Mathias Grünewald is an important German Renaissance painter. He created his magnum opus, the Isenheim Altarpiece, during ~1512–1516. His renown is mainly based on his unique skill in handling colours. In preparation for an exhibition held at Colmar (France) and Karlsruhe (Germany) late 2007, chemical analyses were conducted to establish the list of painting pigments used by the artist. In a first approach, non-invasive analytical portable instruments, allowing in situ screening, were favoured. Interestingly, antimony was detected in several parts of the artwork, in particular for the rendering of metallic reflects, as shown in Figure 131 (sleeping guard in the Resurrection scene). Although sulphur seemed to be associated with antimony, this correlation was questionable due to the high concentration of lead that strongly overlaps with sulphur emission lines. Antimony is not commonly found in paintings. It is usually associated with Naples yellow, a lead antimony oxide, used in paintings in a much later period.

Fig. 131: Part of the Resurrection, from the Isenheim Altarpiece, by Grünewald (picture E. Lambert, © C2RMF). The white star indicates where the micro-sampling was done.


To further the identification of Grünewald’s antimony pigment, micro-sampling was performed, guided by portable XRF measurements. When such micro-sampling are allowed on ancient paintings, fragments are usually tiny, precious, heterogeneous and complex, which makes their chemical analysis arduous. As illustrated here, micro-imaging techniques are particularly relevant as they can simultaneously provide identification and localisation of the various ingredients, even in intricate mixtures. Transversal cross-sections were prepared to reveal the whole stratigraphy of the painting fragments. Micro X-ray fluorescence was carried out at the ID21 beamline, first at the antimony L-edges and then at the sulphur K-edge. Fitting of fluorescence data was arduous due to interferences of K-lines of sulphur with M-lines of lead, and of K-lines of calcium with L-lines of antimony (Figure 132a). This data processing was performed using PyMCA software developed at the ESRF [1]. Elemental maps show that antimony distribution is limited to an intermediate layer, above a lead layer and below a varnish superficial layer (Figure 132b). They also reveal that antimony and sulphur distributions are similar and that these elements are present as few micrometres-sized grains, surrounded by a lead white matrix. These maps suggested the probable presence of stibnite (Sb2S3), a grey antimony sulfide. Additional µ-XANES was performed at the Sb LIII-edge and the S K-edge to confirm this assumption and to refute the presence of any other antimony pigments that can be used in painting (in particular Naples yellow (Pb2Sb2O7) or Kermesite (Sb2S2O)). Special care was given to minimise the micro-probe drift while scanning the energy. Indeed, micro-probe stability was a critical issue to selectively analyse the antimony grains without shifting into the lead white matrix. Sulphur was found to be in a reduced state (sulphide), without chemical bonding to lead. Comparison with reference compounds gave clear support to the suggestion that the antimony-containing compound was stibnite. This pigment has been found in only about ten other paintings, all of them originating from Italy in the first half of the 16th century. Grünewald tailored the metallic aspects of the painting by mixing micrometric stibnite grains with a lead white matrix.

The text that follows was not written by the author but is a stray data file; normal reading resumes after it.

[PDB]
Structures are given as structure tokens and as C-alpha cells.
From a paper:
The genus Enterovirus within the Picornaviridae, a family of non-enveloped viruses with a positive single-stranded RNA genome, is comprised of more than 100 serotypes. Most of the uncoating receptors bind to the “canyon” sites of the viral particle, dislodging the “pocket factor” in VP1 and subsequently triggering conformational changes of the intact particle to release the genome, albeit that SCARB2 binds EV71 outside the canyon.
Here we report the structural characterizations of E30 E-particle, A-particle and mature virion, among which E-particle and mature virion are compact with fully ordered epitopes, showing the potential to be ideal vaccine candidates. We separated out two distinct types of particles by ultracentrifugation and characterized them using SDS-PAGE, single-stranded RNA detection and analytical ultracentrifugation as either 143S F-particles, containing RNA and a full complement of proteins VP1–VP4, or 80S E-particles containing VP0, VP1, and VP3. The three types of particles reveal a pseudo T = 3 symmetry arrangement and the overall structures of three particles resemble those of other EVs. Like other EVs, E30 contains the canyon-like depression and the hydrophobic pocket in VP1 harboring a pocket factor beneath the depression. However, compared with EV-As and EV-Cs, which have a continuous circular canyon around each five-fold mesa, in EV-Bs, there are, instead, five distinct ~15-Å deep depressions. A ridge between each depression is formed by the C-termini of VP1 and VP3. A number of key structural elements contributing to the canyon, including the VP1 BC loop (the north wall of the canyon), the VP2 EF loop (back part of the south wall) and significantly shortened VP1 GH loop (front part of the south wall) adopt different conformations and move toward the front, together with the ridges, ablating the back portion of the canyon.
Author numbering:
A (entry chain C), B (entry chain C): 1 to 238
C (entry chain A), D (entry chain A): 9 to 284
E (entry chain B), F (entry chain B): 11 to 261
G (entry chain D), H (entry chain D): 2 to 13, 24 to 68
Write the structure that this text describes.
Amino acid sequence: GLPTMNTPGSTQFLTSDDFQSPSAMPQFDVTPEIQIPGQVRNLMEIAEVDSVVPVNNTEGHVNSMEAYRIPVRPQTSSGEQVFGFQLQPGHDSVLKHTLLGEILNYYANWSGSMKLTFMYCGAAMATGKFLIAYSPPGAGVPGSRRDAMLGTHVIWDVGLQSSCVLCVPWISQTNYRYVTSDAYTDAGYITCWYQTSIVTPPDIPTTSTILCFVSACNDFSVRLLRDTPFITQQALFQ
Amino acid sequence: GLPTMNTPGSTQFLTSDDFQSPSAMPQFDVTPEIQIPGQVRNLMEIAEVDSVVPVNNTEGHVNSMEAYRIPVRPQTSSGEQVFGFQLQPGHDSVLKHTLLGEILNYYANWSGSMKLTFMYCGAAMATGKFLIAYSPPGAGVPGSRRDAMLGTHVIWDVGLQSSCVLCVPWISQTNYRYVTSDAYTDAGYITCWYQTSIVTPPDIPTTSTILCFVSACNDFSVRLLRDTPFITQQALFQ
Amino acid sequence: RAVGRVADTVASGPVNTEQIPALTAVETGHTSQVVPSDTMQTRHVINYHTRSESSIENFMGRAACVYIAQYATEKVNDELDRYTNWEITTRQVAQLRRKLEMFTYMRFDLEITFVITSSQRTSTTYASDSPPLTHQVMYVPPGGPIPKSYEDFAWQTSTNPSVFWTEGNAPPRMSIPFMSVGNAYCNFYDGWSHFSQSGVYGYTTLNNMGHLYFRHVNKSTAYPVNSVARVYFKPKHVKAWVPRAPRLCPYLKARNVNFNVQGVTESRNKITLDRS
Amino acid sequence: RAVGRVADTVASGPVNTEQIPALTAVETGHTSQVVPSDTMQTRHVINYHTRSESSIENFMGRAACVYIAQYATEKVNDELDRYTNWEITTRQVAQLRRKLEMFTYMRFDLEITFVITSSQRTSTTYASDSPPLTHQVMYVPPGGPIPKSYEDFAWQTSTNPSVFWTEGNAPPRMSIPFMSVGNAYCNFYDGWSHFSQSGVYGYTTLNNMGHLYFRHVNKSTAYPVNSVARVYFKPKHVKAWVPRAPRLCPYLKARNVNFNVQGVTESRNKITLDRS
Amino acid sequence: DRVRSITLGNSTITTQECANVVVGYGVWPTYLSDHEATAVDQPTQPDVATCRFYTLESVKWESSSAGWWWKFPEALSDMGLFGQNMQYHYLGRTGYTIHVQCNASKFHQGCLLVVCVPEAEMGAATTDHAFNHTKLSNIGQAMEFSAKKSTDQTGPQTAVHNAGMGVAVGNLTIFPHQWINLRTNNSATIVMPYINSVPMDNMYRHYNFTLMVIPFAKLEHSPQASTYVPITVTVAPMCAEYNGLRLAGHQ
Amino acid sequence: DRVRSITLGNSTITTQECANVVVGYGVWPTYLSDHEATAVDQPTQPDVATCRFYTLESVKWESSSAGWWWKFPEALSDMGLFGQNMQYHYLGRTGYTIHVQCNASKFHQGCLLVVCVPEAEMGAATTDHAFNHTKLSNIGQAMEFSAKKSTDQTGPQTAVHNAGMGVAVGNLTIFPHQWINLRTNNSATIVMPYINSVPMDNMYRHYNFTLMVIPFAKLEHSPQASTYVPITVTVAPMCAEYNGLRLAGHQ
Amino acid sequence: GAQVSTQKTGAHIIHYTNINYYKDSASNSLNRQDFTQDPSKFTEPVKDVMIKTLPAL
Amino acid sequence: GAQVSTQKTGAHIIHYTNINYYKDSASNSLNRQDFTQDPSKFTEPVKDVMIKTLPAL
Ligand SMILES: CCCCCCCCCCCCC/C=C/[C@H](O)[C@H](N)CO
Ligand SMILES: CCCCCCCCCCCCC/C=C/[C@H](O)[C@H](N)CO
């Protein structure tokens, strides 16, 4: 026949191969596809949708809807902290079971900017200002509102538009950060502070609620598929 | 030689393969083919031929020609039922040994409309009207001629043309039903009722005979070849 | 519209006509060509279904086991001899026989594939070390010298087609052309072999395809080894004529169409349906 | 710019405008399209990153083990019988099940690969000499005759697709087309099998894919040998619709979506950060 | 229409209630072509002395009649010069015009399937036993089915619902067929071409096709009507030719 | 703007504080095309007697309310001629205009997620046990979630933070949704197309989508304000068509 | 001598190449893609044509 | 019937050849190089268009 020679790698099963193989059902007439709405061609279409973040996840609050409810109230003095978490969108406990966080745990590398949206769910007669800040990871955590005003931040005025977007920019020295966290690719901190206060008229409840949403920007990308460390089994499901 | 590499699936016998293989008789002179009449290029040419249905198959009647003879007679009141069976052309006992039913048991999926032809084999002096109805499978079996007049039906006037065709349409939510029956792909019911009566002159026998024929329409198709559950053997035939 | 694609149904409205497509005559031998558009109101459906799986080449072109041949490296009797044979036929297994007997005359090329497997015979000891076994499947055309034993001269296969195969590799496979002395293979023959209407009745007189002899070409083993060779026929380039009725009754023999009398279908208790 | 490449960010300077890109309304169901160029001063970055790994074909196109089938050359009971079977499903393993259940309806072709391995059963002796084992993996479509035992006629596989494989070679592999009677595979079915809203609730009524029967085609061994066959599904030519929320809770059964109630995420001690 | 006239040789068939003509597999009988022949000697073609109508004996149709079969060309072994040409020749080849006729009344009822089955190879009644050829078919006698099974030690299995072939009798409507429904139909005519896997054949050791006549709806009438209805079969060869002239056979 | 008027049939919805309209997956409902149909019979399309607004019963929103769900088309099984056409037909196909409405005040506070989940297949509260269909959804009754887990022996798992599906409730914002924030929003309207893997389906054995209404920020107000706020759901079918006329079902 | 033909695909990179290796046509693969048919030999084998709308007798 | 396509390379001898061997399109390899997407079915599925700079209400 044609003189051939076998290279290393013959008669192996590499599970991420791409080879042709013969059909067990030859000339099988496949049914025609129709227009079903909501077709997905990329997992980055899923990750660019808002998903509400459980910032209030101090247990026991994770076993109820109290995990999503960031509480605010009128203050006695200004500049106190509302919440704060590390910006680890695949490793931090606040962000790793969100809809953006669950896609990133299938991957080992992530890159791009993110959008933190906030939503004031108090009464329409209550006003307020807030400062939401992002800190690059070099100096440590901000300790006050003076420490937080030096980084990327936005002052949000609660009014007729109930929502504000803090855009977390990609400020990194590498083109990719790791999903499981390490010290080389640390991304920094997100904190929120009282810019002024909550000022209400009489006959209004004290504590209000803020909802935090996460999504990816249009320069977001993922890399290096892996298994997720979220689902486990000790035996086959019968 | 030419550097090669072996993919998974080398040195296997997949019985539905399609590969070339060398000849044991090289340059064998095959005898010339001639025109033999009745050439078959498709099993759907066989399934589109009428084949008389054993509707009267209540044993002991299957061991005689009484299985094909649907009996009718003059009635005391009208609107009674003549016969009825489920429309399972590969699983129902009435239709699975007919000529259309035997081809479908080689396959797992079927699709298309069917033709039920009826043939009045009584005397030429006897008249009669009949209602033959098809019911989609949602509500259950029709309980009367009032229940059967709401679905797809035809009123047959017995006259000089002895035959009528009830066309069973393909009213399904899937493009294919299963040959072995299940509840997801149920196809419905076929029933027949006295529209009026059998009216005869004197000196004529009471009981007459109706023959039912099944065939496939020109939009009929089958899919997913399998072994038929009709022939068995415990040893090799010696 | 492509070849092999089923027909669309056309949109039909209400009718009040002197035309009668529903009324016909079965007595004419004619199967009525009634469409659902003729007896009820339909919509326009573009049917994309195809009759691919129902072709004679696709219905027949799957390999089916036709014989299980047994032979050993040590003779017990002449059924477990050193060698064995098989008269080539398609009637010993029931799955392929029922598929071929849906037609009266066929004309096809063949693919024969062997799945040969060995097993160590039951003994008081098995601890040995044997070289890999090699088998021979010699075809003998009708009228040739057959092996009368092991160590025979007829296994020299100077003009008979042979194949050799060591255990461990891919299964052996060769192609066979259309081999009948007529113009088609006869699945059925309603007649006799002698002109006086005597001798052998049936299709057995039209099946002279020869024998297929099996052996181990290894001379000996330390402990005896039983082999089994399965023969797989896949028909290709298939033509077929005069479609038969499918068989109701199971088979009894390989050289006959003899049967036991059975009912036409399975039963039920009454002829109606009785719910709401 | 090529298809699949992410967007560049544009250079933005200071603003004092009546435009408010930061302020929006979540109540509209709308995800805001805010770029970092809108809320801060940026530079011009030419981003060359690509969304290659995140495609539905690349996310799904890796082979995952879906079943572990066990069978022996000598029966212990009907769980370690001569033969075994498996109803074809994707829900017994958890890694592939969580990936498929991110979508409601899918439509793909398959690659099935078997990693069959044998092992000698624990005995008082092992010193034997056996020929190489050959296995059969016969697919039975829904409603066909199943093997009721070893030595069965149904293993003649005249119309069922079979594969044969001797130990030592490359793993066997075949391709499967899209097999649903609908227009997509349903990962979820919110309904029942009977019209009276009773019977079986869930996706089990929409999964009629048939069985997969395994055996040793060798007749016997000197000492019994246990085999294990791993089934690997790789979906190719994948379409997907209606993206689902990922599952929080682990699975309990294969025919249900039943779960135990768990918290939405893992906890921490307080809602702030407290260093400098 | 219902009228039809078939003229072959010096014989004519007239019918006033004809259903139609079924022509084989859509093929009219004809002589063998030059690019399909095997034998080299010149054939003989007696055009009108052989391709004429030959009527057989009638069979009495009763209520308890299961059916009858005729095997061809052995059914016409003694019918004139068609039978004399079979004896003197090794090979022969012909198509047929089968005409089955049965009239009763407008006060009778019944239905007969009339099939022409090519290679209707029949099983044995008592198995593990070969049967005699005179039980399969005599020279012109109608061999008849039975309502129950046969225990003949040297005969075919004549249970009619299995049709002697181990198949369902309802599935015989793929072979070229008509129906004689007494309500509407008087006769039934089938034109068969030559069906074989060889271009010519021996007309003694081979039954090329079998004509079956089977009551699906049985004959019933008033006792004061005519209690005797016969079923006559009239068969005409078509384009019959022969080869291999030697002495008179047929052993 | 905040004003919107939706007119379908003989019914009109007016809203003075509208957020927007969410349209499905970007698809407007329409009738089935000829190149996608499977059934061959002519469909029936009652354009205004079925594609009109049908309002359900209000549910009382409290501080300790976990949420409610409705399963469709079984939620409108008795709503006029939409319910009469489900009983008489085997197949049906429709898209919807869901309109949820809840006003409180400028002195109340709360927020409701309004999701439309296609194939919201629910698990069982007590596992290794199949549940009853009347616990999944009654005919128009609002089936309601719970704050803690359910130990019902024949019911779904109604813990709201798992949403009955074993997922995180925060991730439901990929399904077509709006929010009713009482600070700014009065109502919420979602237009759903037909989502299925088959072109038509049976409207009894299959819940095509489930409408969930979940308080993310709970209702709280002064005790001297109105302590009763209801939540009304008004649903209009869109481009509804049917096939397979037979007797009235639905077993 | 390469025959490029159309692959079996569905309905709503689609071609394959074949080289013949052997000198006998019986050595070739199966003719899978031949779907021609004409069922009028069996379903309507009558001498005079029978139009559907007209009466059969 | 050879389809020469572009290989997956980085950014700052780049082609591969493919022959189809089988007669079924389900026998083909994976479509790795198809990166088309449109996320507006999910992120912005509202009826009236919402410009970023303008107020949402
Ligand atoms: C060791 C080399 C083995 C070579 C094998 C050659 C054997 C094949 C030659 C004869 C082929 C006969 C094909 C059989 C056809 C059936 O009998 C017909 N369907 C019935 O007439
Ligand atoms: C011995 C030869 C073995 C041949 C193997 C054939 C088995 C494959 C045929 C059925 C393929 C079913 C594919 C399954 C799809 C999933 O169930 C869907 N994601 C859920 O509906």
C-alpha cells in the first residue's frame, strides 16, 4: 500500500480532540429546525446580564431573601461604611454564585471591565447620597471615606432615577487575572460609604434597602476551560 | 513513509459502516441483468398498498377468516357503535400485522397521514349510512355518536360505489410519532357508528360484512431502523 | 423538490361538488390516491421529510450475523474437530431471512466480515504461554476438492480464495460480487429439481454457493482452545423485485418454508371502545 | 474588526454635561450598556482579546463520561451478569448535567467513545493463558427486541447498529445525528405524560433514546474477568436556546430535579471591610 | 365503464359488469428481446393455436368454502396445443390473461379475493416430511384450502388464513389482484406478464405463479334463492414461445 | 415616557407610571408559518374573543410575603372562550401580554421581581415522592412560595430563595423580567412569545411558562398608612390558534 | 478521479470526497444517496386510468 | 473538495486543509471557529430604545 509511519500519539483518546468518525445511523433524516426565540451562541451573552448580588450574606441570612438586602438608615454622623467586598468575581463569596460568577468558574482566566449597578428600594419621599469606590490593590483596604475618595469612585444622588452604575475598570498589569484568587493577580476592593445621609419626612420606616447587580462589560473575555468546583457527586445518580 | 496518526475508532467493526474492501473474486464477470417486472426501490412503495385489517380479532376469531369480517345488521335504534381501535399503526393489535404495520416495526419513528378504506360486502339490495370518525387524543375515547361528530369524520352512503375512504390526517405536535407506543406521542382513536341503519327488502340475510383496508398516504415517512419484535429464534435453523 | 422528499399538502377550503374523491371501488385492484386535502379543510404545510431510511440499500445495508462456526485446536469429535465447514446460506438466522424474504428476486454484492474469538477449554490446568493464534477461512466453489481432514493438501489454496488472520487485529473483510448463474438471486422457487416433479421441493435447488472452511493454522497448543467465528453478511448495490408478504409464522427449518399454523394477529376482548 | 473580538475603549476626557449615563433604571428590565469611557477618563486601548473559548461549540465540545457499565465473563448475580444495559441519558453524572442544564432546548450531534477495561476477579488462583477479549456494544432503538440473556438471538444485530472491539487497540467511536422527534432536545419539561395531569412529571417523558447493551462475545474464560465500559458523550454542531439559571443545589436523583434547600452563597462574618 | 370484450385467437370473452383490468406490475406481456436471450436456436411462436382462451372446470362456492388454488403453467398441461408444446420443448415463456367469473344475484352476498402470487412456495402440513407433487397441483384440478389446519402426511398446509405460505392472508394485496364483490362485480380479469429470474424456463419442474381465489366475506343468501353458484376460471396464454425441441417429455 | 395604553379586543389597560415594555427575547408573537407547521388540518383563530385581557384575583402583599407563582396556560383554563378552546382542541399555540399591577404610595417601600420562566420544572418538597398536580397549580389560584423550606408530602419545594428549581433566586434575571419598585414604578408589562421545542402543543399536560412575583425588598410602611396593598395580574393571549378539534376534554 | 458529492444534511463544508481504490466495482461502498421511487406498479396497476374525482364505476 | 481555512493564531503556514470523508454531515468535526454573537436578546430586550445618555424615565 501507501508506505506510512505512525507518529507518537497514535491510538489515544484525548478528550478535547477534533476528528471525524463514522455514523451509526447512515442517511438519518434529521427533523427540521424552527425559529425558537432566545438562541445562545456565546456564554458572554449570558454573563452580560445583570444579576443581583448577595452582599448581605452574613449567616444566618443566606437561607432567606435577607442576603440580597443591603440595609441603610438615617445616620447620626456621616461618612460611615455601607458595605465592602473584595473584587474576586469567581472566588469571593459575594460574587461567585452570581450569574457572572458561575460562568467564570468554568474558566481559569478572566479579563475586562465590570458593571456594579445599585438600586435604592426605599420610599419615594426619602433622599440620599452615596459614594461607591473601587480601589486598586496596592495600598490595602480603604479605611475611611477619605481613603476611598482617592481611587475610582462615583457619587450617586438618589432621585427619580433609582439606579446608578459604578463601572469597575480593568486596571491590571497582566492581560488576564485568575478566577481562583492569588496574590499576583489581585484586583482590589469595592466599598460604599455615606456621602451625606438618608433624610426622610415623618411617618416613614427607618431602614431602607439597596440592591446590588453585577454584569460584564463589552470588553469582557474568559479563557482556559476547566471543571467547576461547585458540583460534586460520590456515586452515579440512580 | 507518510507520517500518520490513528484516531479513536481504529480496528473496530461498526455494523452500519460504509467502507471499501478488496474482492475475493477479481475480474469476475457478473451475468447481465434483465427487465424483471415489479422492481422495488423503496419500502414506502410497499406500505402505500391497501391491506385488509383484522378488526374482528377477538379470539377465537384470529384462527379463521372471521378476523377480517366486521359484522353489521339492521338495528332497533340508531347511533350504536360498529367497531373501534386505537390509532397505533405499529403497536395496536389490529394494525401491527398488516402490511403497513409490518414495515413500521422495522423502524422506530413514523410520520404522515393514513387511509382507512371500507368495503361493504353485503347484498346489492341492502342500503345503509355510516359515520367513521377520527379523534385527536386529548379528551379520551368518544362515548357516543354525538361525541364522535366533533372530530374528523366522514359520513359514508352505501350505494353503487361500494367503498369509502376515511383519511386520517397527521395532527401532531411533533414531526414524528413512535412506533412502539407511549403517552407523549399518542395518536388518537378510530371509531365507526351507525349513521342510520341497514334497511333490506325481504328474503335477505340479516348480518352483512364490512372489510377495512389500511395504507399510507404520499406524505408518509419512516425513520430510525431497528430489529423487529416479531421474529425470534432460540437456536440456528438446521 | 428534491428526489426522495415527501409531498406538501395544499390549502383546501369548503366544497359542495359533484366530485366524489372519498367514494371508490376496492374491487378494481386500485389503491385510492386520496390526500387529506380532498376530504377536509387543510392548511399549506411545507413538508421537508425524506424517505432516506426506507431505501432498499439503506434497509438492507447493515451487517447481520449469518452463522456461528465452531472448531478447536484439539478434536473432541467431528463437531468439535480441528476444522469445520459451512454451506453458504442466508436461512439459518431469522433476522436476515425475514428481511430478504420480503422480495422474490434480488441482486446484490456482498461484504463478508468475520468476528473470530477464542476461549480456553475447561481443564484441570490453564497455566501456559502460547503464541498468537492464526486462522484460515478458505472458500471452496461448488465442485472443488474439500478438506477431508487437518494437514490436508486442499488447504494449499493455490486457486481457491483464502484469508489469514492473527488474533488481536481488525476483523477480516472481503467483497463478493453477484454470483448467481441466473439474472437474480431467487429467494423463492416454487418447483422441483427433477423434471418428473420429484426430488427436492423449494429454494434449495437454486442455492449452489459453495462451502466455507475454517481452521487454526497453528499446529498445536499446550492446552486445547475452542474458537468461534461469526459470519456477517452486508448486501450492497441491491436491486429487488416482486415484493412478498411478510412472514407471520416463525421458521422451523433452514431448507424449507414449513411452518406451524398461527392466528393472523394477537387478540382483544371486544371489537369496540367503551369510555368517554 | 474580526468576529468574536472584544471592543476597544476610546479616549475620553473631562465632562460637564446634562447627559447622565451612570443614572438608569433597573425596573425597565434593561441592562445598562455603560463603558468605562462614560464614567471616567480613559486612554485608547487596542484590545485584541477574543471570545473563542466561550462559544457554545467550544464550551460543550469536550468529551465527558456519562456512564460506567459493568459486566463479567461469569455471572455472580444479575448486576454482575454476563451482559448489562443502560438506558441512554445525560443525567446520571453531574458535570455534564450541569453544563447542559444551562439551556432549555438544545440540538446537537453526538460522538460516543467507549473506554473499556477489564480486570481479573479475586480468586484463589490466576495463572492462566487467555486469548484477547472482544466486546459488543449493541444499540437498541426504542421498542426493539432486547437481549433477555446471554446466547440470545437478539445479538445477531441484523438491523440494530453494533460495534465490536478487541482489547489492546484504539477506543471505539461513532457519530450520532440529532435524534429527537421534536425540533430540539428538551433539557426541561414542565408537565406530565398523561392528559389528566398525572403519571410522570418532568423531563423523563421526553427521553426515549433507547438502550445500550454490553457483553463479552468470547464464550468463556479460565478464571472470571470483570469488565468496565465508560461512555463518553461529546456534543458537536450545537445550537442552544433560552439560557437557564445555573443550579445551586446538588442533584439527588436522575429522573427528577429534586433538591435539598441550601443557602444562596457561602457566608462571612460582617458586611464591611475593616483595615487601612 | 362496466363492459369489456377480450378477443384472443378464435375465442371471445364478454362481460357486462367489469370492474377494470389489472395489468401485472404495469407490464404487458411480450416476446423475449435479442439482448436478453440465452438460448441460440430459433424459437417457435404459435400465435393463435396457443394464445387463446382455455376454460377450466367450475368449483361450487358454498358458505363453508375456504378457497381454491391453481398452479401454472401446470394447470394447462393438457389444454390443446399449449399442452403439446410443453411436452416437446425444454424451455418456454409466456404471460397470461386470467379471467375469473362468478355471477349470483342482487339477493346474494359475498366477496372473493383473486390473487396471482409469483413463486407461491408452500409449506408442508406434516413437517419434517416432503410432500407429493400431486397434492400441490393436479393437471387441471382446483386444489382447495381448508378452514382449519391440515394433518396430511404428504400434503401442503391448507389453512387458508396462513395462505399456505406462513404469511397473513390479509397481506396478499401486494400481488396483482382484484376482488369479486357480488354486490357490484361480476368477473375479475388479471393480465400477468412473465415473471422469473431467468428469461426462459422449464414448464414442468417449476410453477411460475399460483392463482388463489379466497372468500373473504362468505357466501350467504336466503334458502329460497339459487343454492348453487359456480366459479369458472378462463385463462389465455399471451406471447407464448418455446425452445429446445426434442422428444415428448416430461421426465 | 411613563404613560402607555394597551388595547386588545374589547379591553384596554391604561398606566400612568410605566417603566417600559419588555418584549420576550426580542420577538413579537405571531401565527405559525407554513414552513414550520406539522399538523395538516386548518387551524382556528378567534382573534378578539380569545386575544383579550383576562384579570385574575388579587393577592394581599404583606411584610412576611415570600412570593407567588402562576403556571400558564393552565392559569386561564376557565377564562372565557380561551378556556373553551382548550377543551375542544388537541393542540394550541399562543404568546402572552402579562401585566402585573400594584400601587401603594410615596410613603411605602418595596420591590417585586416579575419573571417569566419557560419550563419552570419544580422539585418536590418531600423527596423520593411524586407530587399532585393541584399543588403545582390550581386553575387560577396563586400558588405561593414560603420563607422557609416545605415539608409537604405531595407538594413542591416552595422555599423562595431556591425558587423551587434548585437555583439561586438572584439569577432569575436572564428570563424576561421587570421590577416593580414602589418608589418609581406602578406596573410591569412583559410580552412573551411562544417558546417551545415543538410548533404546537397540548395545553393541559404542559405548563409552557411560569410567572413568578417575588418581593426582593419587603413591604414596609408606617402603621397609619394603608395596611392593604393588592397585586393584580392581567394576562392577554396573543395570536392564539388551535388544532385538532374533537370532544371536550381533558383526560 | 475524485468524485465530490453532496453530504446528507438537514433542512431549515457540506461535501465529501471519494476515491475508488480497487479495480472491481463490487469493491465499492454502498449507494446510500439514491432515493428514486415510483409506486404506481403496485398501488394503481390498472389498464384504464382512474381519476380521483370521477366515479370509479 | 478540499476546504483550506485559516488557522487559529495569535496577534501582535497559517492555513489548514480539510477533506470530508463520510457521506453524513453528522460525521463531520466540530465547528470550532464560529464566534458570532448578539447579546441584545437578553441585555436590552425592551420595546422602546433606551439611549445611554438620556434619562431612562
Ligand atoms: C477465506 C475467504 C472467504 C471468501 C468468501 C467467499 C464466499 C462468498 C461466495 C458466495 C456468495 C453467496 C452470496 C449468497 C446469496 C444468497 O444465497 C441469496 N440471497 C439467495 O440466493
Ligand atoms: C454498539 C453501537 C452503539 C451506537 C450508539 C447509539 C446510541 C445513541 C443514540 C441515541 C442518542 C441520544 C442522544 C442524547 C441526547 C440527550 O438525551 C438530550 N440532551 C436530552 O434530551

Fig. 132: Identification of stibnite micrometric grains by µ-XRF: a) fluorescence spectrum obtained at 7.2 keV, over the cross-section and fitted with PyMCA. b) fitted elemental mapping of antimony, sulfides, lead and calcium. Map size: 17 x 16 µm2; step size: 0.25 x 0.25 µm2; beam size: 1 x 0.4 µm2 (hor. x ver.).


Lateral resolution, chemical sensitivity, and imaging are the key points that explain the advantage of synchrotron-based imaging techniques for the analysis of fragments of ancient paintings. The continuous development of software is very helpful for the processing of data obtained, not only on synchrotrons but also with laboratory as well as portable instruments. This study illustrates the complementarity between portable and synchrotron instruments in the discovery of the secrets of the ancient painters.



[1] V.A. Solé, E. Papillon, M. Cotte, P. Walter, J. Susini, Spectrochim. Acta Part B 62(1), 63-68 (2007).

Principal publication and authors

M. Cotte (a,b), E. Welcomme (a), V.A. Solé (b), M. Salomé (b), M. Menu (a), P. Walter (a), J. Susini (b), Anal. Chem. 79, 6988-6994 (2007).
(a) Centre of Research and Restoration of the French Museums, CNRS-UMR171, Paris (France)
(b) ESRF